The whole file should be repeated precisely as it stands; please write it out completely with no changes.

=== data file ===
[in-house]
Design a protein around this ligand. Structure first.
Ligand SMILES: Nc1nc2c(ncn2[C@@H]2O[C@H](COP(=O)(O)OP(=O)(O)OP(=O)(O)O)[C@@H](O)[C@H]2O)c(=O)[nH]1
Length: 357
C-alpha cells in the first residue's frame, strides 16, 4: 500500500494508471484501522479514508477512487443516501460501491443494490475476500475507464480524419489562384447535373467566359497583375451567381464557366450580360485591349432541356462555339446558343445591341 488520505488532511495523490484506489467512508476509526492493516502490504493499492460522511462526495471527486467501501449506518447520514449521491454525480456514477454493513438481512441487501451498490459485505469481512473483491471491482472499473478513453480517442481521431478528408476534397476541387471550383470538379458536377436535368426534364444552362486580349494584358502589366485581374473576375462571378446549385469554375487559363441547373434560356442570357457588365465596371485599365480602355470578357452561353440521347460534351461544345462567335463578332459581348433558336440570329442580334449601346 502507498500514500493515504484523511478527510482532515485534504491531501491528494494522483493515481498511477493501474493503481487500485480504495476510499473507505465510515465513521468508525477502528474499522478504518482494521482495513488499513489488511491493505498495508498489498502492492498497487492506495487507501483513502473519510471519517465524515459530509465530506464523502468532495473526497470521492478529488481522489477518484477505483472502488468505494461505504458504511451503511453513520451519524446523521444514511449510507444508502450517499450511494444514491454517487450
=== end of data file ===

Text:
[in-house]
Design a protein around this ligand. Structure first.
Ligand SMILES: Nc1nc2c(ncn2[C@@H]2O[C@H](COP(=O)(O)OP(=O)(O)OP(=O)(O)O)[C@@H](O)[C@H]2O)c(=O)[nH]1
Length: 357
C-alpha cells in the first residue's frame, strides 16, 4: 500500500494508471484501522479514508477512487443516501460501491443494490475476500475507464480524419489562384447535373467566359497583375451567381464557366450580360485591349432541356462555339446558343445591341 488520505488532511495523490484506489467512508476509526492493516502490504493499492460522511462526495471527486467501501449506518447520514449521491454525480456514477454493513438481512441487501451498490459485505469481512473483491471491482472499473478513453480517442481521431478528408476534397476541387471550383470538379458536377436535368426534364444552362486580349494584358502589366485581374473576375462571378446549385469554375487559363441547373434560356442570357457588365465596371485599365480602355470578357452561353440521347460534351461544345462567335463578332459581348433558336440570329442580334449601346 502507498500514500493515504484523511478527510482532515485534504491531501491528494494522483493515481498511477493501474493503481487500485480504495476510499473507505465510515465513521468508525477502528474499522478504518482494521482495513488499513489488511491493505498495508498489498502492492498497487492506495487507501483513502473519510471519517465524515459530509465530506464523502468532495473526497470521492478529488481522489477518484477505483472502488468505494461505504458504511451503511453513520451519524446523521444514511449510507444508502450517499450511494444514491454517487450